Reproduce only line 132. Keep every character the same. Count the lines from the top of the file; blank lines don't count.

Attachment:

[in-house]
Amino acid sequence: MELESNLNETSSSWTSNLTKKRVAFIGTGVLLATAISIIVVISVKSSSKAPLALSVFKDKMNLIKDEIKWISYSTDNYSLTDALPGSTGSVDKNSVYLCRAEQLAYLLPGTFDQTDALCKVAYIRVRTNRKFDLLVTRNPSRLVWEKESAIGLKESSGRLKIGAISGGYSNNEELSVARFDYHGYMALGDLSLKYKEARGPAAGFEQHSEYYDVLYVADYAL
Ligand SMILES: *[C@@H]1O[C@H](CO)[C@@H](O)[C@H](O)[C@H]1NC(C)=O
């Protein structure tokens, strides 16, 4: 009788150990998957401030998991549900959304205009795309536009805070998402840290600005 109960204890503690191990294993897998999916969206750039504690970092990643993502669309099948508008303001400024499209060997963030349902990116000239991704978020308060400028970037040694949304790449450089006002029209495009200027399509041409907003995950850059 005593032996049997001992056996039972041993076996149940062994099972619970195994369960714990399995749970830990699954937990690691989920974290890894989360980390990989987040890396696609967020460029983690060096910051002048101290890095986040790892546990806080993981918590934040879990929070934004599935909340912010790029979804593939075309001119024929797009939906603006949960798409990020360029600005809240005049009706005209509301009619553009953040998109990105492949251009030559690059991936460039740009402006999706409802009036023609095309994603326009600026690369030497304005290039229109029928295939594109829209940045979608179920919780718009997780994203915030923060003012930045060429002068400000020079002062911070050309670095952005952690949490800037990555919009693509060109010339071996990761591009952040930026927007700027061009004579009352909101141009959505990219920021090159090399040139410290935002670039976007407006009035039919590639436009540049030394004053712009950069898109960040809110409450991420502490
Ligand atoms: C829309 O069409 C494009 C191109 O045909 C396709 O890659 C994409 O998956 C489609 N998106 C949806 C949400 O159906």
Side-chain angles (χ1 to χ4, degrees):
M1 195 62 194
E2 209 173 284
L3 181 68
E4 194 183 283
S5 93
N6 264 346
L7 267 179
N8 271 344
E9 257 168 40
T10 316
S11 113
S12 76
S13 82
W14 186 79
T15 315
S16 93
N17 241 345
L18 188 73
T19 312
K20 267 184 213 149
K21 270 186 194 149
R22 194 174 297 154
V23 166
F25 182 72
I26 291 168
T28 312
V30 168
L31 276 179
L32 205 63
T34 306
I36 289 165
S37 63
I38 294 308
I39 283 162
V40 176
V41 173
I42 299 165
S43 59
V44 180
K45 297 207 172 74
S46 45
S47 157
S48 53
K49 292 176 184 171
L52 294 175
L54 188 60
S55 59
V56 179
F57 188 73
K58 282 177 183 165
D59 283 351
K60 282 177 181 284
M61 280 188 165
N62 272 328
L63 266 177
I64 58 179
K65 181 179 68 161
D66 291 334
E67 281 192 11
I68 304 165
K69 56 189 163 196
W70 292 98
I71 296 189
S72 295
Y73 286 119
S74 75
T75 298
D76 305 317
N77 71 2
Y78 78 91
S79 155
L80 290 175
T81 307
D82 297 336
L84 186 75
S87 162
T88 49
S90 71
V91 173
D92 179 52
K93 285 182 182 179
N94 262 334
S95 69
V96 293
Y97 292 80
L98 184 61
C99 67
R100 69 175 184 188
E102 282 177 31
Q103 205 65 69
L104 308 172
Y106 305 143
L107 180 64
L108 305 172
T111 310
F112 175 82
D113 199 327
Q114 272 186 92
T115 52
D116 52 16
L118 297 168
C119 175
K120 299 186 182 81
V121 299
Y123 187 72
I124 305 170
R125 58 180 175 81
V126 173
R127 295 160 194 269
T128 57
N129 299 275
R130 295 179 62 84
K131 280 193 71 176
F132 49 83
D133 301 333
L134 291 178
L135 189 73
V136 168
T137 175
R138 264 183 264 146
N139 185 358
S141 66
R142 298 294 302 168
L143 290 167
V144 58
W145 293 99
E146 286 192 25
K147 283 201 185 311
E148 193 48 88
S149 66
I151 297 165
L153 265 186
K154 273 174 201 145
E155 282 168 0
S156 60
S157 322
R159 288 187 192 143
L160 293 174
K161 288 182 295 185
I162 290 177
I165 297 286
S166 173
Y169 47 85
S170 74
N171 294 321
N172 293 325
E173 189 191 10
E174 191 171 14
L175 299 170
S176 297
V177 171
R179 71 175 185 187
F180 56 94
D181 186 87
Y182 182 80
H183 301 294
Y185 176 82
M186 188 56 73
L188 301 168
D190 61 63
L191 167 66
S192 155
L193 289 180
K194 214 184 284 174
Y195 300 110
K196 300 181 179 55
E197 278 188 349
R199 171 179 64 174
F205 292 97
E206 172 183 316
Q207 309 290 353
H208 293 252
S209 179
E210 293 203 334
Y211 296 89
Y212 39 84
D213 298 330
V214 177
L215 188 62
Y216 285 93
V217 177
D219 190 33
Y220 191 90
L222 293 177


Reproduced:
W145 293 99